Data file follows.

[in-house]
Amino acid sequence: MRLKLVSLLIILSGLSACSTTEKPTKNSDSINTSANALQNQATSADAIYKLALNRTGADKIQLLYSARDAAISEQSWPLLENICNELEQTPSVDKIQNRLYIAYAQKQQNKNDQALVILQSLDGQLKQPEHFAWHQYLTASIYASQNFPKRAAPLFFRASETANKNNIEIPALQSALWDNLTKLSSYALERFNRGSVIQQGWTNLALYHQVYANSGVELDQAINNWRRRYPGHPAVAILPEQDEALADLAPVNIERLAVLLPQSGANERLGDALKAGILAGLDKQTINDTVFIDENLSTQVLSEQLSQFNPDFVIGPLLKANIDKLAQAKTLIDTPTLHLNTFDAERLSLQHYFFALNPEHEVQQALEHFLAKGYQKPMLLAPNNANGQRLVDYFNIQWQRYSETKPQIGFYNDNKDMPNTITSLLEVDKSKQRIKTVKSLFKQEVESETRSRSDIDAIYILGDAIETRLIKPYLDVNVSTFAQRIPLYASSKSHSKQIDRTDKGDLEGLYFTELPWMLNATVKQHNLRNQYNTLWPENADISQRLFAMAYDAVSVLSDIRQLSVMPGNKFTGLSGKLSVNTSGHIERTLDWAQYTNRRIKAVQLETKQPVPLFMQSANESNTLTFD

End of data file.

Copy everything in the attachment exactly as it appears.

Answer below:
[in-house]
Amino acid sequence: MRLKLVSLLIILSGLSACSTTEKPTKNSDSINTSANALQNQATSADAIYKLALNRTGADKIQLLYSARDAAISEQSWPLLENICNELEQTPSVDKIQNRLYIAYAQKQQNKNDQALVILQSLDGQLKQPEHFAWHQYLTASIYASQNFPKRAAPLFFRASETANKNNIEIPALQSALWDNLTKLSSYALERFNRGSVIQQGWTNLALYHQVYANSGVELDQAINNWRRRYPGHPAVAILPEQDEALADLAPVNIERLAVLLPQSGANERLGDALKAGILAGLDKQTINDTVFIDENLSTQVLSEQLSQFNPDFVIGPLLKANIDKLAQAKTLIDTPTLHLNTFDAERLSLQHYFFALNPEHEVQQALEHFLAKGYQKPMLLAPNNANGQRLVDYFNIQWQRYSETKPQIGFYNDNKDMPNTITSLLEVDKSKQRIKTVKSLFKQEVESETRSRSDIDAIYILGDAIETRLIKPYLDVNVSTFAQRIPLYASSKSHSKQIDRTDKGDLEGLYFTELPWMLNATVKQHNLRNQYNTLWPENADISQRLFAMAYDAVSVLSDIRQLSVMPGNKFTGLSGKLSVNTSGHIERTLDWAQYTNRRIKAVQLETKQPVPLFMQSANESNTLTFD